Author

Morteza Kiani

Advisor

Motoyama, Keiichi

Committee Member

Rais-Rohani, Masoud

Committee Member

Oppenheimer, Seth F.

Committee Member

Haupt, Tomasz A.

Date of Degree

1-1-2013

Document Type

Dissertation - Open Access

Degree Name

Doctor of Philosophy

College

James Worth Bagley College of Engineering

Department

Department of Engineering

Abstract

Simulation-based design optimization and finite element method are used in this research to investigate weight reduction of car body structures made of metallic and composite materials under different design criteria. Besides crashworthiness in full frontal, offset frontal, and side impact scenarios, vibration frequencies, static stiffness, and joint rigidity are also considered. Energy absorption at the component level is used to study the effectiveness of carbon fiber reinforced polymer (CFRP) composite material with consideration of different failure criteria. A global-local design strategy is introduced and applied to multi-objective optimization of car body structures with CFRP components. Multiple example problems involving the analysis of full-vehicle crash and body-in-white models are used to examine the effect of material substitution and the choice of design criteria on weight reduction. The results of this study show that car body structures that are optimized for crashworthiness alone may not meet the vibration criterion. Moreover, optimized car body structures with CFRP components can be lighter with superior crashworthiness than the baseline and optimized metallic structures.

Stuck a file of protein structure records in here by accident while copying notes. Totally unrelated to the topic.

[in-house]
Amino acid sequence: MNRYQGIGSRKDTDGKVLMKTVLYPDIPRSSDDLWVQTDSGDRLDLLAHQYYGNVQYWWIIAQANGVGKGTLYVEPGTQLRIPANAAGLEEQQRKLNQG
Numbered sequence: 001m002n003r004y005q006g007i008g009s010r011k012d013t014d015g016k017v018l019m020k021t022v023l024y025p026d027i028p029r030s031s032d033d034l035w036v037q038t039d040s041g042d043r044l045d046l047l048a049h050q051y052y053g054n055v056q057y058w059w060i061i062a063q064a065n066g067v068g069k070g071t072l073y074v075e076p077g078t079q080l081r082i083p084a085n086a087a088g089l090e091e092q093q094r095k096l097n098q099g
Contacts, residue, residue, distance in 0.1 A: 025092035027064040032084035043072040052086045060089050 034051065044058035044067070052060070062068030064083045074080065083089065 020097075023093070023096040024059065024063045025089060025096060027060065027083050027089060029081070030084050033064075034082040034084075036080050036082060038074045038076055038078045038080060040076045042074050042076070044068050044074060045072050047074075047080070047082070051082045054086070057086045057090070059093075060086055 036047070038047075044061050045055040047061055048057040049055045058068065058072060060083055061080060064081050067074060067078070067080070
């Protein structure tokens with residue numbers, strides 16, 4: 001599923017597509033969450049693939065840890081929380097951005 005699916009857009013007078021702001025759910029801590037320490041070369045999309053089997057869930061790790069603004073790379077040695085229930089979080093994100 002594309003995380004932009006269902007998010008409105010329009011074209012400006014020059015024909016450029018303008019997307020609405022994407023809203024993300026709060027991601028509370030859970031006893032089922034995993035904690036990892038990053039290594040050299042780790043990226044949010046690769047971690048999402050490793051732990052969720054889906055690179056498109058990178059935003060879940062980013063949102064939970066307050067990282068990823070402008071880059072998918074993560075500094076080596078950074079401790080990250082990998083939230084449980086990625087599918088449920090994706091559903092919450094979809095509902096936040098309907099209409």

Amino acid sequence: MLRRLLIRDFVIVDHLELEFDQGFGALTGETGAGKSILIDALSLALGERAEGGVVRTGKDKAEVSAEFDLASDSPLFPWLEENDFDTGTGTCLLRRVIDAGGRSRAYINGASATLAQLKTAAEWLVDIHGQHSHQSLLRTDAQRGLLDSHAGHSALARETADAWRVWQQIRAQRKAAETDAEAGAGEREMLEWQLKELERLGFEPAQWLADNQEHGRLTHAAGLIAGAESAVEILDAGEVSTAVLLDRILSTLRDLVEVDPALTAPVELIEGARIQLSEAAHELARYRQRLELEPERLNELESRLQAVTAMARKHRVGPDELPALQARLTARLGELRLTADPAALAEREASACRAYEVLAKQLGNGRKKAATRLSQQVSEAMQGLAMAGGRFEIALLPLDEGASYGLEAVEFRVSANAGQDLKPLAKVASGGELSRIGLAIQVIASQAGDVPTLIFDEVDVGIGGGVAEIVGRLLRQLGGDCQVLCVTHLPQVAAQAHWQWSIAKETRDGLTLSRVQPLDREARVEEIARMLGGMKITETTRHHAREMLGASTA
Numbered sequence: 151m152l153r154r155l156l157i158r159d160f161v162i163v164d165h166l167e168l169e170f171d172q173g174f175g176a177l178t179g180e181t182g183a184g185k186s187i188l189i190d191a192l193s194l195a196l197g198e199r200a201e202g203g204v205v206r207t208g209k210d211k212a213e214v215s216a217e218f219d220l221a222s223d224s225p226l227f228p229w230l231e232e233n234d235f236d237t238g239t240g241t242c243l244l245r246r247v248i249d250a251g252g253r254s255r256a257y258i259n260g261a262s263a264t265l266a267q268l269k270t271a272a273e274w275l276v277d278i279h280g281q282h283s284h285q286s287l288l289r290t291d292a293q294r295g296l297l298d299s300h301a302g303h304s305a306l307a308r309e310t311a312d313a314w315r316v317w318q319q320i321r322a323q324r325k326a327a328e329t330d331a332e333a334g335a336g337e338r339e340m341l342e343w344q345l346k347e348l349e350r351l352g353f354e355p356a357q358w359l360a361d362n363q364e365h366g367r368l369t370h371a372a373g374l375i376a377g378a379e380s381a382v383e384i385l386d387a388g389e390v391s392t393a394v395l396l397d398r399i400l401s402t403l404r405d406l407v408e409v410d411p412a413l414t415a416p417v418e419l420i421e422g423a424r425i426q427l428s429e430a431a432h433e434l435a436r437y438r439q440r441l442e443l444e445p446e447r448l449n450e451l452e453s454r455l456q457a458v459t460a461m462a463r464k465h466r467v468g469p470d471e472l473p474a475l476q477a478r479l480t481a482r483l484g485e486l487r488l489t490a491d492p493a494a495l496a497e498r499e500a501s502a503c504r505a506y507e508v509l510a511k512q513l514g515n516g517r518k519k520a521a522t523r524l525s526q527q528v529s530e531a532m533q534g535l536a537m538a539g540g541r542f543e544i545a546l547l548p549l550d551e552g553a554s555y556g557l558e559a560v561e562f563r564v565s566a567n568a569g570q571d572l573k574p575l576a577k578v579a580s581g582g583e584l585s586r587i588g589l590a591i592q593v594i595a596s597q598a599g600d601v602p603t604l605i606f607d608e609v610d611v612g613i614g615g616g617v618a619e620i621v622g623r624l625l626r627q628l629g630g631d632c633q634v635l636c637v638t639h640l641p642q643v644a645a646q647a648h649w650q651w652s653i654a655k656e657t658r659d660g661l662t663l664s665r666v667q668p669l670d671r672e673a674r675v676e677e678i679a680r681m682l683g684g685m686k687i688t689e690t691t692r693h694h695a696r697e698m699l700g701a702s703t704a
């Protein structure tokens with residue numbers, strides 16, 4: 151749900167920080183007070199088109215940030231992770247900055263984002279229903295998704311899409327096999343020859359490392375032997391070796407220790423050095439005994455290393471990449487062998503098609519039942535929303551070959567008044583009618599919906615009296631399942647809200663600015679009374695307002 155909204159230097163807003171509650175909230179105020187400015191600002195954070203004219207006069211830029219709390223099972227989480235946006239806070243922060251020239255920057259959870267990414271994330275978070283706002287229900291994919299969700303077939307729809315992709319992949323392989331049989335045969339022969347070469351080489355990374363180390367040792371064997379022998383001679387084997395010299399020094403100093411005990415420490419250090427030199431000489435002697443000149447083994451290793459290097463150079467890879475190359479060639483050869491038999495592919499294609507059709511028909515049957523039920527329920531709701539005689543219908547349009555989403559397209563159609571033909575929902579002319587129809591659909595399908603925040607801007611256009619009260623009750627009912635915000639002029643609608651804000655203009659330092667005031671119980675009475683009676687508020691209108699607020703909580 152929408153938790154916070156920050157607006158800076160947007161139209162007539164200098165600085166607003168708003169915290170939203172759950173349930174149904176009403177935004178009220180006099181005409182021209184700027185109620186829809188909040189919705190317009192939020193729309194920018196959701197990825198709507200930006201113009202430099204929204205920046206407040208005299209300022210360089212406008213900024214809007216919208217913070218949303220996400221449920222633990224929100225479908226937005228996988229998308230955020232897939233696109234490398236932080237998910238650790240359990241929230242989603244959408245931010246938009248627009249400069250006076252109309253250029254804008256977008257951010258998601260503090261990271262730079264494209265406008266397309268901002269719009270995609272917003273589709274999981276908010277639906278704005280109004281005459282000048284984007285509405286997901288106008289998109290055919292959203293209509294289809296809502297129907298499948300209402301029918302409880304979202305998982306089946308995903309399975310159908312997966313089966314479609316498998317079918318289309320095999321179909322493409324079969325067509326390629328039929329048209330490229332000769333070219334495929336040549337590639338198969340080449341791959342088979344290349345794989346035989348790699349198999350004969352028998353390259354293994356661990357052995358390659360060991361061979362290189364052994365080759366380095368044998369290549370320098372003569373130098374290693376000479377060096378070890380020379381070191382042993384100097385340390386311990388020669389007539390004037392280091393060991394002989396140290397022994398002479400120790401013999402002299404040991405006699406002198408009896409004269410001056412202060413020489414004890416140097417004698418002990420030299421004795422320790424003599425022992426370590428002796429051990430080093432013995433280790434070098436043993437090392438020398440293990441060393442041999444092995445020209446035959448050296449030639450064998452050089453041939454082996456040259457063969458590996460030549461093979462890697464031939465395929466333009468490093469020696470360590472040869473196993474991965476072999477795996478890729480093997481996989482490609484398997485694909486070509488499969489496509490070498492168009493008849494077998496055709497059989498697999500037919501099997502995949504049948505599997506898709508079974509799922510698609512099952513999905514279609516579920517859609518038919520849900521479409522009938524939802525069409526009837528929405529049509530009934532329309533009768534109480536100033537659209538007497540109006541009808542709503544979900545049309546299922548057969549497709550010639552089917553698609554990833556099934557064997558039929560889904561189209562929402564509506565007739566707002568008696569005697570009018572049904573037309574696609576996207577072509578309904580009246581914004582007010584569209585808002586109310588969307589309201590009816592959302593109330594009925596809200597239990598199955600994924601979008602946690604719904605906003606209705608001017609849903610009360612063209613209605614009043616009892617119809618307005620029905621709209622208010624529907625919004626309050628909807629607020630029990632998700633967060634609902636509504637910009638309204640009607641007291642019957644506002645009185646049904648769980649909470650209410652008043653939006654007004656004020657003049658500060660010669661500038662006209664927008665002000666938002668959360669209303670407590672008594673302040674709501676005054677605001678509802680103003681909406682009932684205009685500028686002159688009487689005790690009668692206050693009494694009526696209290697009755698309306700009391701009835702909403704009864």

URI

https://hdl.handle.net/11668/19743

Comments

Simulation-based design optimization||Finite Element||Lightweight material||Crash||Vibration||Static stiffness||Car body structure||Weight reduction

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